M hy are the National Hydro Electric, the International Paper Company, the Montreal power people, worrying about this deal? I think I can give the House one reason. In the charter as it is now before the House and assuredly as it will come out from the committee, there will be certain safeguards. Someone-I think it is the railway commission in the present canal charter-have the right to fix the tolls that shall be charged on the canal and the price that shall be charged for power. The International Paper Company, who have a great deal of horse-power right across the river from where we sit, and the Montreal interests, have nobody at present fixing the price for their power. But if you establish in this country a charter in which is fixed by government control the price that can be charged per horse-power when sold to the consumer, then you fix a price with which these other companies must compete. That competitive price will hold the price of hydroelectric power at the price which the railway commission sets until such time as there is a greater demand for power than can be supplied by the Georgian bay canal proposition and the other power interests. Then let us say that the private corporations will raise their price. Does any one mean to tell me that after the railway commission have gone publicly into the cost of that power and have set their price on that, the consumers of that electricity in this country will stand for private enterprise securing an exorbitant profit out of natural resources which actually belong

to us and which are only leased to them? That is one of the chief reasons why our friends from Montreal and some other parts of Canada are opposing this bill.

I want to see this bill go to the committee. I want to see the Dominion of Canada properly safeguarded as regards not only this canal scheme but all canal or power schemes in the future. We cannot to-day tell how far we may go with this thing. There may come a day when our .canals will go much farther into the centre of Canada. Some people will ask: How? There are rivers, even the Saskatchewan, that some day .may be used. I do not say that the Saskatchewan river will be. That is a far thought. But years .ago in this country just after Laurier came into power one of the ministers of the government stated that in a few years there would be a hundred million bushels of wheat grown on the prairies of western Canada and there would be a hundred thousand people in the city of Winnipeg. He was practically laughed out of this House of Commons in 1897. 1 Great things are possible with waterways in this country. If this committee does not see fit to grant a charter to the Georgian Bay Canal Company, they should certainly safeguard us so that nobody will be able to develop the water-power in the Ottawa river and in that territory through which the Georgian bay canal goes for private enterprises, thereby shutting us out from ever having a waterway that, when built, to my mind will be one of the greatest boons to this Dominion of Canada.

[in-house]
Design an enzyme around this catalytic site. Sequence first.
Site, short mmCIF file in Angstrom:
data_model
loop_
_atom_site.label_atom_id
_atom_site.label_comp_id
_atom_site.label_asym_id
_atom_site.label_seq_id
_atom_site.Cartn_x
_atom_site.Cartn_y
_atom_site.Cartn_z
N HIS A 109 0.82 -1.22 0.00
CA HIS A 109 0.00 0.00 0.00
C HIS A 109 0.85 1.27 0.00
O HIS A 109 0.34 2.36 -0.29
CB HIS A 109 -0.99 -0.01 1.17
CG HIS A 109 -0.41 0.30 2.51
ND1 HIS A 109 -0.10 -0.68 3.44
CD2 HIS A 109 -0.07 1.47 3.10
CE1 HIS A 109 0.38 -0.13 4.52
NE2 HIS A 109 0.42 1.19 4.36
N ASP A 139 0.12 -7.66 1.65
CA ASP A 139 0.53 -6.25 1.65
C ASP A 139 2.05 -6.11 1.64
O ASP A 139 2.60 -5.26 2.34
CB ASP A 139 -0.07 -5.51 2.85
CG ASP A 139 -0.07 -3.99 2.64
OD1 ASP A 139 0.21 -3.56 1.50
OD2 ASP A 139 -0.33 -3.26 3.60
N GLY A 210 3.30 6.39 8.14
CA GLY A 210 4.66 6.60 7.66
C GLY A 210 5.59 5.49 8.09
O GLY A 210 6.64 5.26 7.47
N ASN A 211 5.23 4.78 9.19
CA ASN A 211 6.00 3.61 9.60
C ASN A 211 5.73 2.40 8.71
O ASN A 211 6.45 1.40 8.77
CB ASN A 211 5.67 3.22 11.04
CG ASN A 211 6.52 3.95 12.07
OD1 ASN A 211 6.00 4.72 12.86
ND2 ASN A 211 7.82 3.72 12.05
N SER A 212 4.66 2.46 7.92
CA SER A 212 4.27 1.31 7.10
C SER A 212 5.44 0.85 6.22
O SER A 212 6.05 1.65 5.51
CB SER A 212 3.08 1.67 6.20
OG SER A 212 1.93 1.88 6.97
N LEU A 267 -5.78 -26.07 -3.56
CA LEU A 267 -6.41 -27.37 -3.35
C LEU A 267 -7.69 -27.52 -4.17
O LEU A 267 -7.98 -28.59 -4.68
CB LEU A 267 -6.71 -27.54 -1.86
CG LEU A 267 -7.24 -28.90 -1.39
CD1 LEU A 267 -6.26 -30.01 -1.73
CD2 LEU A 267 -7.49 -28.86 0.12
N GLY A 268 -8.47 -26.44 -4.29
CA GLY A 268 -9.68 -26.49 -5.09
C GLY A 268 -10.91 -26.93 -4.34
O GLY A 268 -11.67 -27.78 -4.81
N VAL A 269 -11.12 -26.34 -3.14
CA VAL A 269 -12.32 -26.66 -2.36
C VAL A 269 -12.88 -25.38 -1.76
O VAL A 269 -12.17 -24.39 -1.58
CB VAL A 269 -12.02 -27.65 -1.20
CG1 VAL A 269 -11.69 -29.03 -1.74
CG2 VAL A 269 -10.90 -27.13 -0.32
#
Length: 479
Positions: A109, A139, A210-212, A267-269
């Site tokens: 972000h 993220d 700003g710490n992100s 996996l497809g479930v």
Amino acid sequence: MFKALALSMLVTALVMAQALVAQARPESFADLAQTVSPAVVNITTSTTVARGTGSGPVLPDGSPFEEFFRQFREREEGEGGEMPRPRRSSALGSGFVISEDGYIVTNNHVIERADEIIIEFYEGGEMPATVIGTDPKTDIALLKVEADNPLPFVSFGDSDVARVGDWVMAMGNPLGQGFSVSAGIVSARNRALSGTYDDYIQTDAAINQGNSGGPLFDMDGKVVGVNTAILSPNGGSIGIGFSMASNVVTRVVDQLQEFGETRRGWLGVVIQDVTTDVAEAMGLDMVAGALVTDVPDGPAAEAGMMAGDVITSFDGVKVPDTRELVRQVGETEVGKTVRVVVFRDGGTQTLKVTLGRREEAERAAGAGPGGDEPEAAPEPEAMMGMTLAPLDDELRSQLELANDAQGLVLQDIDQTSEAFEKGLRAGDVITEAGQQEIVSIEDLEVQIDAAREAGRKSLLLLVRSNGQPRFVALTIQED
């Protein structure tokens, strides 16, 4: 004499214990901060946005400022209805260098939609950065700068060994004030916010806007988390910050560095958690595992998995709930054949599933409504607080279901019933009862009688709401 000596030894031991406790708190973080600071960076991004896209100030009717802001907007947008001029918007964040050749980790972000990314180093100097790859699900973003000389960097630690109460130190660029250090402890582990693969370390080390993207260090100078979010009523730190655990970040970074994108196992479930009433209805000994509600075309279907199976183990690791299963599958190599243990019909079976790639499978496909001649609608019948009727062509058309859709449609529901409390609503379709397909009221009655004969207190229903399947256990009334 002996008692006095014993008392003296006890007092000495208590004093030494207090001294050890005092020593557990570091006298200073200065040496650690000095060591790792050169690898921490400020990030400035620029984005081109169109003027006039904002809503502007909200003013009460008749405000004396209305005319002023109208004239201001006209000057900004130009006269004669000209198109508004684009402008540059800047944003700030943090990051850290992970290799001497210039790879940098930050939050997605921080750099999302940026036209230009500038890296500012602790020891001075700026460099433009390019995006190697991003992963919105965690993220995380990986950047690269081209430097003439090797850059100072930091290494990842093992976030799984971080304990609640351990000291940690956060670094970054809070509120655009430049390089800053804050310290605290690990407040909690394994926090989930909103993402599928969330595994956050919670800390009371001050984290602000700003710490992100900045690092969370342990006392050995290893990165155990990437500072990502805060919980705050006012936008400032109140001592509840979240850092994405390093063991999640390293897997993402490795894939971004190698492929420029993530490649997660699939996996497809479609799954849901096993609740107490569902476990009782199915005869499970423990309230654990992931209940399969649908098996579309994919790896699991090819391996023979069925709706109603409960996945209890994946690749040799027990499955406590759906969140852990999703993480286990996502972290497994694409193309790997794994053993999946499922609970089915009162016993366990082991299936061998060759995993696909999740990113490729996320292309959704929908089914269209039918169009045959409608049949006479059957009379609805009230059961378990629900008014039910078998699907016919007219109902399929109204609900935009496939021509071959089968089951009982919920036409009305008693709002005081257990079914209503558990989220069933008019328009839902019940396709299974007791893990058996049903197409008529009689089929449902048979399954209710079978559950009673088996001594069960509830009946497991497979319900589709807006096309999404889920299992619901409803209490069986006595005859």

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CON

Thomas Herbert Lennox

Conservative (1867-1942)

Mr. T. H. LENNOX (North York):

Mr. Speaker, notwithstanding the fact that I am wholly and unalterably opposed to this bill,

I rise to speak with some degree of reluctance.

I do this because the gentleman who was my opponent in the recent election is apparently very deeply interested in the passage of this particular bill, and I fear that some of my hon. friends might be so unkind as to suggest that my opposition to the bill is actuated by personal reasons rather than in the interest of the people of this country. I am glad to be able to say that my late opponent, Mr. Sifton, and I are very warm friends, and it is a pleasure for me to say to-night that at the consummation of the campaign we were greater friends than when the campaign commenced. I am quite sure that Mr. Sifton will entertain the same feelings towards me notwithstanding the stand that I take in my remarks to-night.

I listened with a great deal of pleasure to the observations of the hon. member for Nipissing (Mr. Lapierre) and I have no

Georgian Bay Canal Company